A multidisciplinary team of Cleveland Clinic researchers has gained new insight into common genetic variants associated with atrial fibrillation (AF), reveals a recent report in Circulation: Genomic and Precision Medicine.
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Although it’s widely accepted that AF has a strong heritable component, to date there has been little understanding of how certain common genetic variants increase disease risk. Previous genome-wide association studies (GWAS) revealed 23 chromosomal regions (loci) connected with AF risk. The new Cleveland Clinic study narrowed the focus to identify specific genes and genetic variations that are associated with 12 of these loci, which can alter proper function of the left atrium.
In search of the missing link between the GWAS-identified loci and their related AF genes, the research team collected and analyzed left atrial appendage (LAA) tissue from 265 patients who underwent elective cardiac surgery to treat AF, valve disease or other cardiac disorders.
They compared the association of LAA gene expression with single-nucleotide polymorphisms (SNPs), common genetic variants that sometimes affect gene expression or function. The researchers used RNA sequencing technology to characterize gene expression profiles for more than 24,000 protein coding and noncoding RNAs that are expressed in LAA tissue. Combining this gene expression data with the SNP data, they looked for associations between those that occurred nearby one another, paying close attention to the 23 GWAS-identified SNPs that had previously been associated with AF.
Analyses revealed that 12 of the AF-associated SNPs were related to the LAA expression of a nearby gene (these SNP-gene pairs are called cis-expression quantitative trait loci, or cis-eQTLs). It is suspected that cis-eQTL genes may be responsible for the association with AF, even if a gene of that type is not the closest gene to the GWAS SNP.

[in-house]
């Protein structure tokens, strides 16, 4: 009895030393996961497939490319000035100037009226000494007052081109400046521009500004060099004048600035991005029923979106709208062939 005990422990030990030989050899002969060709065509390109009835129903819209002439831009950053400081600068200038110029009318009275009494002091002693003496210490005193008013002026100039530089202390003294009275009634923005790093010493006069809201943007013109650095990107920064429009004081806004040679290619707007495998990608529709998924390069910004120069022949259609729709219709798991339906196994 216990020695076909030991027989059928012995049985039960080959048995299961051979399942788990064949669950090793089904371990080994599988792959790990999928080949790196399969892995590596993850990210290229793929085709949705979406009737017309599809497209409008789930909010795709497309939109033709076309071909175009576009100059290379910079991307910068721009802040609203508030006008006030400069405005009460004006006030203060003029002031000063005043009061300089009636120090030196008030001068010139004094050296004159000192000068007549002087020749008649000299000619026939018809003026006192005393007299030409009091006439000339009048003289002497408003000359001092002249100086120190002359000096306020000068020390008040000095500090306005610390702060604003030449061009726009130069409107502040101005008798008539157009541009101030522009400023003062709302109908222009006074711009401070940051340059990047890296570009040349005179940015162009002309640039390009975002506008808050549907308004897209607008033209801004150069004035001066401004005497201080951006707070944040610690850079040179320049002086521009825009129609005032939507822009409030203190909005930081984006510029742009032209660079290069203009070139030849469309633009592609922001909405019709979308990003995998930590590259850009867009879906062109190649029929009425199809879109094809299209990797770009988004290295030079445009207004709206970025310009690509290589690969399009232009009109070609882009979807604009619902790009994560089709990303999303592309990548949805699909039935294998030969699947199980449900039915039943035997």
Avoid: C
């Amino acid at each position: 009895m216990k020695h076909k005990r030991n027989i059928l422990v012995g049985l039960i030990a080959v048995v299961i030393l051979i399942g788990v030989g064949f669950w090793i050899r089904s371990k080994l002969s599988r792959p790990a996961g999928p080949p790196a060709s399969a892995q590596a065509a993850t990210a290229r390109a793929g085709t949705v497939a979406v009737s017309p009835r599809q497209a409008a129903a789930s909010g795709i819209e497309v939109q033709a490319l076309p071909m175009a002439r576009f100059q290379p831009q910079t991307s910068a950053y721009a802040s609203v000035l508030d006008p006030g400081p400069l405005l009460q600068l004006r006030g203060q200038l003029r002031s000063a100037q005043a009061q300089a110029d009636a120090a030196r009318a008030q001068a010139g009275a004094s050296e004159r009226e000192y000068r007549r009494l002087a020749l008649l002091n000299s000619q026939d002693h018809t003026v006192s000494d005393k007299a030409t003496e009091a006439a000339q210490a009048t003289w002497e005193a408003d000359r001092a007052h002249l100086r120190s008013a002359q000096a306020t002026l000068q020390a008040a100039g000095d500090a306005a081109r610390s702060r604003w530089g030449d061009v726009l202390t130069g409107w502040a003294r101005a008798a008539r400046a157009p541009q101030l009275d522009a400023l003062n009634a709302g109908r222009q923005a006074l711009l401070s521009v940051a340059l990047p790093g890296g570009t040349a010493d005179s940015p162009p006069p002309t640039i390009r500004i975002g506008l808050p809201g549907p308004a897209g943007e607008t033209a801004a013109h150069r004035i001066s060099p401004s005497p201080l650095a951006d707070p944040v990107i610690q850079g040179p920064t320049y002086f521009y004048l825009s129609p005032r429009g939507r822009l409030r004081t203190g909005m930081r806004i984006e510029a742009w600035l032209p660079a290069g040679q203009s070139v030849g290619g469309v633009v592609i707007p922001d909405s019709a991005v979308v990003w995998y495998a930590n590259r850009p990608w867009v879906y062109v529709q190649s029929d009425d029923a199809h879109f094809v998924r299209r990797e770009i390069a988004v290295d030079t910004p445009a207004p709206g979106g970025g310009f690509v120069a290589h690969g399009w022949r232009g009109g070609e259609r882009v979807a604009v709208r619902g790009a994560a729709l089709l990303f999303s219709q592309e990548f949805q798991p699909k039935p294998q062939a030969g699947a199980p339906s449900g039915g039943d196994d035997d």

Looking genome-wide, the researchers discovered that common SNPs were significantly associated with the expression of more than 16,000 local genes in LAA tissue. They cataloged the LAA cis-eQTLs and created a publicly available and searchable database to help facilitate and fast-track future studies related not only to AF but also other cardiovascular traits and diseases. Additional research will be important to further investigate how the cis-eQTL SNPs regulate gene expression and how the changes in specific gene expression increase a patient’s risk for developing AF, presumably by altering atrial cell structure, function or both.
The researchers believe these findings will have important implications for developing new AF drugs that target the genetic variants and cellular processes involved. “While several tests can diagnose atrial fibrillation after disease onset — including ECG, stress testing and echocardiography — identification of these genetic variants may open the door to a genetic panel that can assess patient risk for atrial fibrillation and inform tailored prevention and treatment strategies,” says Cleveland Clinic cardiologist Mina Chung, MD, one of the study’s primary authors.
“Atrial fibrillation affects millions of Americans, and the genetic causes remain elusive,” adds co-author A. Marc Gillinov, MD, Chairman of Thoracic and Cardiovascular Surgery at Cleveland Clinic. “Important studies like this one will help us to understand genetic risk and, ultimately, prevent development of this common arrhythmia.”
The study was supported by the National Heart, Lung, and Blood Institute; the National Center for Advancing Translational Sciences; the National Institute of General Medical Sciences; Cleveland Clinic Department of Cardiovascular Medicine philanthropy research funds; and the Tomsich Atrial Fibrillation Research Fund.